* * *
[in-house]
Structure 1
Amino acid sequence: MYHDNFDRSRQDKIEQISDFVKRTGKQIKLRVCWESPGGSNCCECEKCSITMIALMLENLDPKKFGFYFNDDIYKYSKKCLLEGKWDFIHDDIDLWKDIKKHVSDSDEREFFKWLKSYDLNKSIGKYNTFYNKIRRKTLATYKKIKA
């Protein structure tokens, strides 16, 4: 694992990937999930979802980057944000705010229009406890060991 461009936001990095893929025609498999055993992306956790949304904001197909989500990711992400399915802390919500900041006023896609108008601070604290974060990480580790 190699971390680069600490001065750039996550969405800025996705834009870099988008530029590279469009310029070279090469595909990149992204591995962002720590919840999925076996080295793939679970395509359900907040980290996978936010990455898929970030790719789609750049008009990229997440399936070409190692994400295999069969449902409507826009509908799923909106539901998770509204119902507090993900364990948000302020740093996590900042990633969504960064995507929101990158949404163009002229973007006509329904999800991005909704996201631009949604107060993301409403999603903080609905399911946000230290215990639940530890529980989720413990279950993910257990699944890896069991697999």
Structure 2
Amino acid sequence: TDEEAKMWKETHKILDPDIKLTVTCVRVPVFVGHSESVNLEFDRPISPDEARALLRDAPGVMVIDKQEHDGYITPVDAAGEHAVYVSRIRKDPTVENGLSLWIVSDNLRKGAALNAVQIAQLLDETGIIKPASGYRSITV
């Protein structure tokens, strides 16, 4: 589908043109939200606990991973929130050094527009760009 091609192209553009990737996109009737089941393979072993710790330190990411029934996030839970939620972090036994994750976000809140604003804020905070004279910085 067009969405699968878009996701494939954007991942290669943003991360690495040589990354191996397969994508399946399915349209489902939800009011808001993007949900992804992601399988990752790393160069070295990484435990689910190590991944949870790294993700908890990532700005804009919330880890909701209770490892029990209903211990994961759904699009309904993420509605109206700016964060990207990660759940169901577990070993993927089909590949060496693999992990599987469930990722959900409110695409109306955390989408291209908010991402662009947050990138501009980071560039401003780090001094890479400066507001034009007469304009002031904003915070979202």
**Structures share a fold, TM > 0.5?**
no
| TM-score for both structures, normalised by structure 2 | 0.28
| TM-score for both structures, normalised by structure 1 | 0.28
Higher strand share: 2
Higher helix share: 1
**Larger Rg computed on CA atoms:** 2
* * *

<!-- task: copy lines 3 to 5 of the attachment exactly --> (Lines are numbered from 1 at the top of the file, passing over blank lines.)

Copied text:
Amino acid sequence: MYHDNFDRSRQDKIEQISDFVKRTGKQIKLRVCWESPGGSNCCECEKCSITMIALMLENLDPKKFGFYFNDDIYKYSKKCLLEGKWDFIHDDIDLWKDIKKHVSDSDEREFFKWLKSYDLNKSIGKYNTFYNKIRRKTLATYKKIKA
């Protein structure tokens, strides 16, 4: 694992990937999930979802980057944000705010229009406890060991 461009936001990095893929025609498999055993992306956790949304904001197909989500990711992400399915802390919500900041006023896609108008601070604290974060990480580790 190699971390680069600490001065750039996550969405800025996705834009870099988008530029590279469009310029070279090469595909990149992204591995962002720590919840999925076996080295793939679970395509359900907040980290996978936010990455898929970030790719789609750049008009990229997440399936070409190692994400295999069969449902409507826009509908799923909106539901998770509204119902507090993900364990948000302020740093996590900042990633969504960064995507929101990158949404163009002229973007006509329904999800991005909704996201631009949604107060993301409403999603903080609905399911946000230290215990639940530890529980989720413990279950993910257990699944890896069991697999």
Structure 2